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Science 329 (5988): 154-155

Copyright © 2010 by the American Association for the Advancement of Science

Medicine

Clearing Conformational Disease

Richard N. Sifers

Research focused on defining the underlying characteristics of a disease can often lead to new treatment strategies. This is certainly the case for a rapidly expanding group of inherited diseases characterized by the toxic accumulation of a misfolded protein (1). Identifying, and then targeting, the cellular machinery responsible for orchestrating the degradation of these aberrant molecules, rather than correcting the mutations that cause them, represents a paradigm shift from the conventional wisdom associated with gene therapy. On page 229 of this issue, Hidvegi et al. (2) describe how a compound that stimulates autophagy—the process by which a cell destroys its own organelles through lysosomal compartments—can successfully eliminate the toxic effects of misfolded {alpha}1-antitrypsin protein in a preclinical mouse model of the associated liver disease (3).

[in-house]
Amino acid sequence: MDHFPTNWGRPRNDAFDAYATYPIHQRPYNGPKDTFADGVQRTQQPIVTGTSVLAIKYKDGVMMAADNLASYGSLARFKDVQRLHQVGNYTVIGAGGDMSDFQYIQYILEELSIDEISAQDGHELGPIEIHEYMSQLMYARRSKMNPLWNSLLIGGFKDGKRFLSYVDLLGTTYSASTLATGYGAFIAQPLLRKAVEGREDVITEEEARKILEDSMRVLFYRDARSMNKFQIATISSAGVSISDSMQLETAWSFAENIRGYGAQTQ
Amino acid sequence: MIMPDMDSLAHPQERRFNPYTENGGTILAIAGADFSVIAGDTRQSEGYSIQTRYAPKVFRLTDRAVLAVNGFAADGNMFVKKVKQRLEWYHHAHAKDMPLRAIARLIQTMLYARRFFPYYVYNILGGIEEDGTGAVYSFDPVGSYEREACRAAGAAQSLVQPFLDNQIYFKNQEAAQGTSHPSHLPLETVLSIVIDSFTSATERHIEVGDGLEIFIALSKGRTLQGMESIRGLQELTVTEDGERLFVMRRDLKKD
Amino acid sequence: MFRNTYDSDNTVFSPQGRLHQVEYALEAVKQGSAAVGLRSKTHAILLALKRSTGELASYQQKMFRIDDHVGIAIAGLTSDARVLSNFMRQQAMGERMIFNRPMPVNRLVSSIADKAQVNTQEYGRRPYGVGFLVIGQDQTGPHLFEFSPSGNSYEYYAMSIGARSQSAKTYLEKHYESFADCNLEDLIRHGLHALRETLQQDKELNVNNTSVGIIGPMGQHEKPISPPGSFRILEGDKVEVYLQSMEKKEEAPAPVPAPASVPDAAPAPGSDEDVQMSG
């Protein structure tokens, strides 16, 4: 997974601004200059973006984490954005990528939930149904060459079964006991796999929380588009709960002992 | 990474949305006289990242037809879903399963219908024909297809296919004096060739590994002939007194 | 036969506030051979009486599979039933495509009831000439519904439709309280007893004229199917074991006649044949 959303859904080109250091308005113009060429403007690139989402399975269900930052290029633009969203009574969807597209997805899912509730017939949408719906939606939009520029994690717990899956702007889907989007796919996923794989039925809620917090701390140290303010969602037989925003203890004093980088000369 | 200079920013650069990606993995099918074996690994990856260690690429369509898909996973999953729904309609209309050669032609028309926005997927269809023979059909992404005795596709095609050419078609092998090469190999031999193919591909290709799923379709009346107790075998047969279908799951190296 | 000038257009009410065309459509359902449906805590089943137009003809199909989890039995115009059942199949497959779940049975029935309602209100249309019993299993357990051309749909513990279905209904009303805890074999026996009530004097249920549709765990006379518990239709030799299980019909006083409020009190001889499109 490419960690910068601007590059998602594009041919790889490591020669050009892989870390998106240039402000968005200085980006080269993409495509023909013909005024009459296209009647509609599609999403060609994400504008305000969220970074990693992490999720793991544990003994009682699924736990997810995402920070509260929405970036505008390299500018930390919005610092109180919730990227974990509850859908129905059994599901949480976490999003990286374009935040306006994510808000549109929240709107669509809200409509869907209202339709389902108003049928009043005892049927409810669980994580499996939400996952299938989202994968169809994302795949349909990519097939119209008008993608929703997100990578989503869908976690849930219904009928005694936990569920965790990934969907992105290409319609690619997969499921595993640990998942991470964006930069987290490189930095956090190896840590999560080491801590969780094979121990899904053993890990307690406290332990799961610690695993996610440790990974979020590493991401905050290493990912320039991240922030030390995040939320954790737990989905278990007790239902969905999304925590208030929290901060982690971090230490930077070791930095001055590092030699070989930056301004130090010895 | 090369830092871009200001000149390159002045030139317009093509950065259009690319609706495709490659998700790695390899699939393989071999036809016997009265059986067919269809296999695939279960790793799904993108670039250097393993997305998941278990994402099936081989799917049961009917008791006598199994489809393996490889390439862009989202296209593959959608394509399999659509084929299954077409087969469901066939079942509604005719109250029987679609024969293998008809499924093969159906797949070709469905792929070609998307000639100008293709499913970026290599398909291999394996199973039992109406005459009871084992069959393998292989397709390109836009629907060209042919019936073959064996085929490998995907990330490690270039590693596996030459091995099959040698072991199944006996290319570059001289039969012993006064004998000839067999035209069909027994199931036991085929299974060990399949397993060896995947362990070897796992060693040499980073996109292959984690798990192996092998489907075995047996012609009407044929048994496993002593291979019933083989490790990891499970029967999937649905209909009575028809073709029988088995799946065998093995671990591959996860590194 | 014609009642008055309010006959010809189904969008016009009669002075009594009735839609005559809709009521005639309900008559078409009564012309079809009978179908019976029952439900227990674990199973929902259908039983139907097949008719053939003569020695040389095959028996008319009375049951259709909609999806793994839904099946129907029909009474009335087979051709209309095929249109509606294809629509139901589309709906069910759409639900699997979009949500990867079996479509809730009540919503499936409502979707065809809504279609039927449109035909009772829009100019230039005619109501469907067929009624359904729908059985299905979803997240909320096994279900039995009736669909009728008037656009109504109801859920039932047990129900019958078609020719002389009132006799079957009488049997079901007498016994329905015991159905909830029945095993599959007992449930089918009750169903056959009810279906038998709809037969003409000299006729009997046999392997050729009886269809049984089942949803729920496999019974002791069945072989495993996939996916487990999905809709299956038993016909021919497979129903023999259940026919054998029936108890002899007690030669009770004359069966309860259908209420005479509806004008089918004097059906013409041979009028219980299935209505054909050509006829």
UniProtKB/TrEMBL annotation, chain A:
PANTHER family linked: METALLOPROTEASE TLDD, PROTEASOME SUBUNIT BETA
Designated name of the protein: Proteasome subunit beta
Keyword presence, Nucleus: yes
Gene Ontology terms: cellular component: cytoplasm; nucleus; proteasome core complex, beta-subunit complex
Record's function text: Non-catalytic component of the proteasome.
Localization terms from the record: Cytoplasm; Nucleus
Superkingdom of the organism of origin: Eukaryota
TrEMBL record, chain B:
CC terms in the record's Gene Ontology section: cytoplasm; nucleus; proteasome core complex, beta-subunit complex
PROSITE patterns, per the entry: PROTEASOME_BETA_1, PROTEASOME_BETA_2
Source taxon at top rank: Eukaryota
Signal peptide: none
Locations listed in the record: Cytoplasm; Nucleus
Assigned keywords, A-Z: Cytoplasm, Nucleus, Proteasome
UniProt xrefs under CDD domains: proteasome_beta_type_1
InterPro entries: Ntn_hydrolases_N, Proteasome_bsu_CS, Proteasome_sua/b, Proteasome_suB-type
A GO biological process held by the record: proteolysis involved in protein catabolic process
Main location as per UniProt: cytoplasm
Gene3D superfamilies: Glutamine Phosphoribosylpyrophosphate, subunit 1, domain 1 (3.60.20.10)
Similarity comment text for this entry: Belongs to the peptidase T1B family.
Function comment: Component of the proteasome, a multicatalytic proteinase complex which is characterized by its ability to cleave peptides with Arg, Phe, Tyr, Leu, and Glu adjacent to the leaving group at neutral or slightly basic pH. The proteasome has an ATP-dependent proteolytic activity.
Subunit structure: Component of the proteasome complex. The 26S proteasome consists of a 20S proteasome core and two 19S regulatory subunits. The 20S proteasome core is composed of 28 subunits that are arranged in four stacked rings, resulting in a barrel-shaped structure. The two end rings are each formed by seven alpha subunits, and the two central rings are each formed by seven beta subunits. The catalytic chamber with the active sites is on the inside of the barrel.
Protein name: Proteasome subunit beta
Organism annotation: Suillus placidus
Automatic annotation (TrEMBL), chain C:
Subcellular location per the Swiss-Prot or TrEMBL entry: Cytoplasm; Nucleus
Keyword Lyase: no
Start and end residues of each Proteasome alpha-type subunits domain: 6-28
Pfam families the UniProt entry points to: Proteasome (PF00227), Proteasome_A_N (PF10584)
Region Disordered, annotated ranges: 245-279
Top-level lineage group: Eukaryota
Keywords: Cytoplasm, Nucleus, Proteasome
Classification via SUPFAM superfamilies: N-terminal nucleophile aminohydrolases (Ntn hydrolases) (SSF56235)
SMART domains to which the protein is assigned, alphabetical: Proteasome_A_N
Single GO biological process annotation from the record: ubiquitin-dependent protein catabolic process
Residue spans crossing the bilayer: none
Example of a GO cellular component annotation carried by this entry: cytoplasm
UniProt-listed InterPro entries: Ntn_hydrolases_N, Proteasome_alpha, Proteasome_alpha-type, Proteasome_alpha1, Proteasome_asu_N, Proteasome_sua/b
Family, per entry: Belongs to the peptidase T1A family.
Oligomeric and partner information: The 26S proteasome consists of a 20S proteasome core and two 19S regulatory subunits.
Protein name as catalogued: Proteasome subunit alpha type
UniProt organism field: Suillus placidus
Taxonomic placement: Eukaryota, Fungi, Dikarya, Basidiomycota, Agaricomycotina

Department of Pathology and Immunology, Baylor College of Medicine, Houston, TX 77030, USA.

E-mail: rsifers{at}bcm.edu


THIS ARTICLE HAS BEEN CITED BY OTHER ARTICLES:
Histone Deacetylase Inhibitor (HDACi) Suberoylanilide Hydroxamic Acid (SAHA)-mediated Correction of {alpha}1-Antitrypsin Deficiency.
M. Bouchecareilh, D. M. Hutt, P. Szajner, T. R. Flotte, and W. E. Balch (2012)
J. Biol. Chem. 287, 38265-38278
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